Exclusive Interview: The One Author Eric Klein

In Eric Klein’s new hard sci-fi novel The One (paperback, Kindle), B.J. Armstrong wins the lottery and gets a free trip to outer space. Which makes it rather fitting that Klein’s book benefitted from him being a winner as well.

Eric Klein The One

What is The One about?

The One follows the adventures of B.J. Armstrong as he explores several of the colonies in the solar system. A trip he knew nothing about on the morning of the launch. You see, he is given a lottery ticket after finishing a big job, and wins a trip on the maiden voyage. On this trip are a beauty pageant and a space symposium, leading to lots of interesting people for him to meet.

Where did the original idea for The One come from, and how different is the finished novel from that initial concept?

The concept actually came to me in a dream that would not go away. So after having the same dream four or five nights in a row, I typed it up and ended up with almost the first four chapters. The rest took research and proper outlining, so they stayed close to the original concept.

The One is a science fiction story, but is there a subgenre of sci-fi, or maybe combination of them, that you think describes the book better?

This was an easier question that you would think. When I started writing, I was encouraged to enter the Geek And Sundry Hard Science Fiction contest, in which three books would get their science checked out by the National Science Academy team that helps movies. So that kind of pushed me into the hard science fiction category. Though there is a bit of space opera and space exploration in it as well.

Are there any writers or specific stories that had a big influence on The One?

Actually, the list is almost too long to mention. I was writing in the style of the great masters of the 1950s and ’60s, so there is a lot of Heinlein, Asimov, and Clarke influences. And references. Kim Stanley Robinson and Spider Robinson also influenced the story a lot. I even have a scene in the ship’s library mentioning some of the various space related authors represented there. Oh, and I have a chapter that is a homage to Shakespeare.

What about non-literary influences; are there any movies, TV shows, or video games that had an influence on The One?

Less so than the literary, but going back to the Shakespeare chapter, this was very influenced by Gene Roddenberry’s references in the original Star Trek.

A lot of sci-fi novels lately are not stand-alone stories, but are instead parts of larger sagas. Is The One the first book in a series or a self-contained story?

Originally, I was doing The One as a stand-alone novel, but I was encouraged by my publisher to leave it open for a sequel. So it can be read as a stand-alone or as part of the series. There’s a teaser part at the end of The One for a second book. This would be a two-book series, with another trilogy taking place later in the same universe. That one I intend to do as if it was serialized before publication the way they were in the 1930s and ’40s.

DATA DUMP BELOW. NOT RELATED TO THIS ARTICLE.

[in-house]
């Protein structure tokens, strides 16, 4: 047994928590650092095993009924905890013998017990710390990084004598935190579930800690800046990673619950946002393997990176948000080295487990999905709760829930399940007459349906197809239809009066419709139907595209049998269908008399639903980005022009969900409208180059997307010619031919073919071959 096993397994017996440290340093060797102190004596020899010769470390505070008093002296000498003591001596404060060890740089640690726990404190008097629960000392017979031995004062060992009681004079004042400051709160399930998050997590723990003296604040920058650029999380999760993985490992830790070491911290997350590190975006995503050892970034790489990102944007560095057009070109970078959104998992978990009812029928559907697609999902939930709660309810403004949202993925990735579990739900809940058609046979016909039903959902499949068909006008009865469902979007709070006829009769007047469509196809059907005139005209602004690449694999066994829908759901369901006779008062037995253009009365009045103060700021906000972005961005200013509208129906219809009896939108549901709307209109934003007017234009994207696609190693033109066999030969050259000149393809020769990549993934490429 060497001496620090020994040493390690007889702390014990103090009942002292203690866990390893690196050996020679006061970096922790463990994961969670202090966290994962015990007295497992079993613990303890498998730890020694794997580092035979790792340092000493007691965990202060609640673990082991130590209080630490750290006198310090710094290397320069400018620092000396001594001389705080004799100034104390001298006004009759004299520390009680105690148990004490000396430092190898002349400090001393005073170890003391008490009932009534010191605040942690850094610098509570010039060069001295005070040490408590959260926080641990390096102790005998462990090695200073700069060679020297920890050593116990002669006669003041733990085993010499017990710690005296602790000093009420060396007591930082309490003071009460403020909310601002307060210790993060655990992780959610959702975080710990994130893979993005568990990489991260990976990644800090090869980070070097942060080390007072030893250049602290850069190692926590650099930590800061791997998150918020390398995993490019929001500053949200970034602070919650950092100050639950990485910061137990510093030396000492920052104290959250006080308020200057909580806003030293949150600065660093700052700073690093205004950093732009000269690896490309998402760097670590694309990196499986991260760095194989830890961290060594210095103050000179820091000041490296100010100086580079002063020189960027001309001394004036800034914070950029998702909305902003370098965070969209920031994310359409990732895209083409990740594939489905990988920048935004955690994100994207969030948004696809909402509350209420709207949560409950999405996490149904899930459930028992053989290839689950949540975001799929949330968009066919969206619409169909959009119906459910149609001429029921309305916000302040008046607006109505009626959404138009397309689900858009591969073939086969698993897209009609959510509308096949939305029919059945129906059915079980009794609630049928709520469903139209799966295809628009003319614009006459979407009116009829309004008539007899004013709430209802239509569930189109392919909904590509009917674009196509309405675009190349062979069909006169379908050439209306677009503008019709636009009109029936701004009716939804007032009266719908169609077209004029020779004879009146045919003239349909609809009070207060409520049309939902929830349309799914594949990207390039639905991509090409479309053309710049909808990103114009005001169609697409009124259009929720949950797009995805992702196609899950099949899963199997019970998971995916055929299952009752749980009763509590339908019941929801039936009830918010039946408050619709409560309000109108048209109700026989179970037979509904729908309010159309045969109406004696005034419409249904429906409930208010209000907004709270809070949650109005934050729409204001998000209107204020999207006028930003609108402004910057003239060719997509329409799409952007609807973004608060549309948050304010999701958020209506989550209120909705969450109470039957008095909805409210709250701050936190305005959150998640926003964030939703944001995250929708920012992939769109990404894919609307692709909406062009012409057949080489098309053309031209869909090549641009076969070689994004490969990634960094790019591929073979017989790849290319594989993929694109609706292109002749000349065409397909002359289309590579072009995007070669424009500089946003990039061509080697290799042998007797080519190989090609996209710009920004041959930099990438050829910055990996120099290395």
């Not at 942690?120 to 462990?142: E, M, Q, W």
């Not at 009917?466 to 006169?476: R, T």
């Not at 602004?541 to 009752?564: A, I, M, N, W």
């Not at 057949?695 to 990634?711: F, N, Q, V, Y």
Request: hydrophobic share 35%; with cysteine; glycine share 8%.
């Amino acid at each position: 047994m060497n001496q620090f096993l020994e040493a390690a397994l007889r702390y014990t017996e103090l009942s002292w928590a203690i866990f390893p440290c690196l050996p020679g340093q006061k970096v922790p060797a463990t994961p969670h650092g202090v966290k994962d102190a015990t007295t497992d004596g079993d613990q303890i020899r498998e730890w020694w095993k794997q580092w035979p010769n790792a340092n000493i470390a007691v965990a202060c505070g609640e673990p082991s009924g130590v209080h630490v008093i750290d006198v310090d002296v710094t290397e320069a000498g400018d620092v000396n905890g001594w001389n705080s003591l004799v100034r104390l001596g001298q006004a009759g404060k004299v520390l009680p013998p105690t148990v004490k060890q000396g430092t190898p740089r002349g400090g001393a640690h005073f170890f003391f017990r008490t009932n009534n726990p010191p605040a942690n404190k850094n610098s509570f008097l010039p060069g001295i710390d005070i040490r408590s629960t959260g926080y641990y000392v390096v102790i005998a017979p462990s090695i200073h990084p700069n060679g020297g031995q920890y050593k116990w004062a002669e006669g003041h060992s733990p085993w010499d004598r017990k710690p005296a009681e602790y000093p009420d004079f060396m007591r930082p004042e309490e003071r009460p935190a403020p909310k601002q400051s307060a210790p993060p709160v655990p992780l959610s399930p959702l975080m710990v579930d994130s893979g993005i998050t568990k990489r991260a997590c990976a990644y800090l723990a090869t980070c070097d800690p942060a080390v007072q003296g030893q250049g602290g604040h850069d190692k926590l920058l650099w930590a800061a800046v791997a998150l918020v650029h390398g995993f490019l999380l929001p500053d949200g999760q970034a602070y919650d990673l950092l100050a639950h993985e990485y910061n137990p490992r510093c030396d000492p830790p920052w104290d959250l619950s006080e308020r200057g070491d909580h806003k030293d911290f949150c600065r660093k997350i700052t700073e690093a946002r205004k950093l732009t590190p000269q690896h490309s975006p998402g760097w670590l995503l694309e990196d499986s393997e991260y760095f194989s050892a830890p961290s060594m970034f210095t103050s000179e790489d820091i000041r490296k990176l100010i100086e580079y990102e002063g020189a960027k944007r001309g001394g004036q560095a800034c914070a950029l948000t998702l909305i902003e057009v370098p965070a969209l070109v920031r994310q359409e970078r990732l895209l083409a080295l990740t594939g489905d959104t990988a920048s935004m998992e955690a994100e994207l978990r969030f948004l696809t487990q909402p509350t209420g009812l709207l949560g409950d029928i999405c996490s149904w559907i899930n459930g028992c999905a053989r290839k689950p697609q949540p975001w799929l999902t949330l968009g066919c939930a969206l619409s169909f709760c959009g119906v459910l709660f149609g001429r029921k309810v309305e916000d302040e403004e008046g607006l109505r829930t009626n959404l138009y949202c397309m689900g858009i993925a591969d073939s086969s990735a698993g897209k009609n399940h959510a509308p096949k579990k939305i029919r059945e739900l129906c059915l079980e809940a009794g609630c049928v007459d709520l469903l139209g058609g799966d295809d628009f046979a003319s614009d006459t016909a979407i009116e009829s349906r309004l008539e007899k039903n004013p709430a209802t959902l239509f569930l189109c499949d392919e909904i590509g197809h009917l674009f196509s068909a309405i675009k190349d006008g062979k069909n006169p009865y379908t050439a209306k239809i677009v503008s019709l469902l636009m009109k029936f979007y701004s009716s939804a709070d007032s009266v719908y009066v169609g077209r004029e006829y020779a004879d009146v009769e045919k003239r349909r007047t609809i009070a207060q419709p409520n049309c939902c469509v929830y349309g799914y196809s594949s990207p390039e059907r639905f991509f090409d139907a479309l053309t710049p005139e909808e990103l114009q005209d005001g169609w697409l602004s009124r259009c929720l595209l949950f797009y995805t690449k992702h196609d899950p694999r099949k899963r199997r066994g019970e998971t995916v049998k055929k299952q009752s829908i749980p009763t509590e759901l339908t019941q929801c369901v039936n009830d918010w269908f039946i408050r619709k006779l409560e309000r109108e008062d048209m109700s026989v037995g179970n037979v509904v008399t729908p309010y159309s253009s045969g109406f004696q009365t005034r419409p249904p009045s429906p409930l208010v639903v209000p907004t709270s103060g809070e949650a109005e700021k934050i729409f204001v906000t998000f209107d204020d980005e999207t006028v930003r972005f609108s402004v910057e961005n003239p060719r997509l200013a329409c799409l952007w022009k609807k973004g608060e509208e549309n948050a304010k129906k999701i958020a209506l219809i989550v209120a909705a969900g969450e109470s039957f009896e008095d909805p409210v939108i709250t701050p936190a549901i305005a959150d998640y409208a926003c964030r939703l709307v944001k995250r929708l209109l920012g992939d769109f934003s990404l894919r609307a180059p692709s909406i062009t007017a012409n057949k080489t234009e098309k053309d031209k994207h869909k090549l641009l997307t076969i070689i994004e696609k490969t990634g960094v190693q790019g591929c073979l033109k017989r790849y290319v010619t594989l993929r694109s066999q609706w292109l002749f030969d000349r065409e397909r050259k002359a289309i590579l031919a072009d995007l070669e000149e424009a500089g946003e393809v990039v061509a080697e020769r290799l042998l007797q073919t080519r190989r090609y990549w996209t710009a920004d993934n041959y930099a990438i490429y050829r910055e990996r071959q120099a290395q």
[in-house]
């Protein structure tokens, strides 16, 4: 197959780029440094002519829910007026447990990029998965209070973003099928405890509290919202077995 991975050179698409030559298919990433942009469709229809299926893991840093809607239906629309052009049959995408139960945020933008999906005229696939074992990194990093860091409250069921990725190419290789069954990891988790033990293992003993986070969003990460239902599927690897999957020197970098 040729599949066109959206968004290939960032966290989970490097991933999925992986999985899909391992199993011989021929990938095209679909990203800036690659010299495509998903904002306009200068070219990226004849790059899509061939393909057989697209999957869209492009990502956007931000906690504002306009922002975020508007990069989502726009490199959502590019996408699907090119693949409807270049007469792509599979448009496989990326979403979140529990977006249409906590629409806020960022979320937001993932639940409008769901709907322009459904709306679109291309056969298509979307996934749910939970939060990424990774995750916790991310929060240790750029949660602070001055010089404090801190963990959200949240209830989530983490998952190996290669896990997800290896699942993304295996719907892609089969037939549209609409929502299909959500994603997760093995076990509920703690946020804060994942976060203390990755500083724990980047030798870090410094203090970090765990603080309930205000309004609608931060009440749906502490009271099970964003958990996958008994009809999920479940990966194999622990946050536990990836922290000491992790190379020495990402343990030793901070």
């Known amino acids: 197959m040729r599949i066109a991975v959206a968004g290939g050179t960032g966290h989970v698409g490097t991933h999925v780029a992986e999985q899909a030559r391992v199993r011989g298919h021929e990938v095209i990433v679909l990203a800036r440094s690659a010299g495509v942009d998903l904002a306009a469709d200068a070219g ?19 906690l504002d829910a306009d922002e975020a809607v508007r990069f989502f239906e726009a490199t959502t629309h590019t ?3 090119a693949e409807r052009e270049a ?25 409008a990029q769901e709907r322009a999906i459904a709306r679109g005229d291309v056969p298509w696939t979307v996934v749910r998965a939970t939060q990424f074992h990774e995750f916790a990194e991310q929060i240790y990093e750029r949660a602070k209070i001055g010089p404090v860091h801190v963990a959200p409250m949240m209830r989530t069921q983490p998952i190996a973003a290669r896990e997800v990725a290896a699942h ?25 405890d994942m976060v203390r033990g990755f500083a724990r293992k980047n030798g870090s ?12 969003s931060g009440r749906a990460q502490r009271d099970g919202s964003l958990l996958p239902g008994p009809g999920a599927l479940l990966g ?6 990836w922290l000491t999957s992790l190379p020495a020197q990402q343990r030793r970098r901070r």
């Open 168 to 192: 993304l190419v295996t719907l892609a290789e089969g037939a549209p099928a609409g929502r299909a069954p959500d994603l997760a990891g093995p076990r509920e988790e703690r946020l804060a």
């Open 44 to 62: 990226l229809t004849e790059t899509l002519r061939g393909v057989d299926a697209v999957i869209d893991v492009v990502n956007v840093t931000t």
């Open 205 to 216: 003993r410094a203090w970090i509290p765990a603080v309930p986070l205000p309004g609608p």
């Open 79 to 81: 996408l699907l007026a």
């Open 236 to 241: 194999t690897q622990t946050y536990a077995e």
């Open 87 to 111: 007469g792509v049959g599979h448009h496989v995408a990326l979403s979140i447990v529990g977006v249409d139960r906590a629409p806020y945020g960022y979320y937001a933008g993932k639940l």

I am hoping to have second book out in eighteen to twenty months. It’s outlined, I just need to get more written.

Earlier we talked about the movies, TV shows, and video games that had an influence on The One. But has there been any interest in adapting The One into a movie, show, or game?

As part of the contest they asked the top ten authors who should play the main roles. Other than that, no one has inquired about the rights yet.

Personally, I think it would work well as either a movie or a TV show. The bulk of the action happens on the ship, with short stops at various colonies. And everyone is human. So limited special effects other than sets would be needed, and most of those could be filmed on location or in a sound stage.

There’s not enough action for a modern computer game.

So who do you think should play the main roles?

For the two main characters, I was looking for relatively young and tall individuals with some genre experience.

For B.J. Armstrong, I’m thinking Thomas Brodie-Sangster, who plays Jojen Reed in Game Of Thrones. I was thinking an everyman who can become the hero, and Thomas has the makings of a young MacGyver that I was looking for in B.J.

For Fay Englehorn, Elizabeth Olsen. She has her experiences as Scarlet Witch in Avengers: Age Of Ultron, but she would also look comfortable ballroom dancing in eveningwear.

In Farscape, Ben Browder was able to be the friendly, get along with everyone kind of person who could turn into the dictator that a captain should be in an emergency. He’d be good for Captain Dave Englehorn.

Dolph Lundgren, who was Andrew Scott in Universal Soldier, would be perfect as the villain. Between his Master’s Degree in Chemical Engineering and his physical presence, he is the perfect genius mastermind.

I’d also love to get voice overs from [Star Trek‘s] Nichelle Nichols for main ship A.I., Vena, and [veteran voice actor] Rob Paulsen for B.J.’s wristpad, Brain.

Eric Klein The One

Finally, if someone enjoys The One, what would you suggest they read next and why?

Now that is a hard one, I would refer them back to the classics that inspired me: Doc Smith’s The Lensmen, books three through seven; Heinlein’s teen stories or his collaboration with Spider Robinson, Variable Star; and Spider’s Callahan’s Bar series. There are also four Mars series I would strongly recommend: Kim Stanley Robinson’s Red Mars, Green Mars, and Blue Mars for the concepts about terraforming and the politics behind it; The Martian Race by Gregory Benford; The Martian by Andy Weir; and the Red Desert series by Rita Carla Francesca Monticelli.


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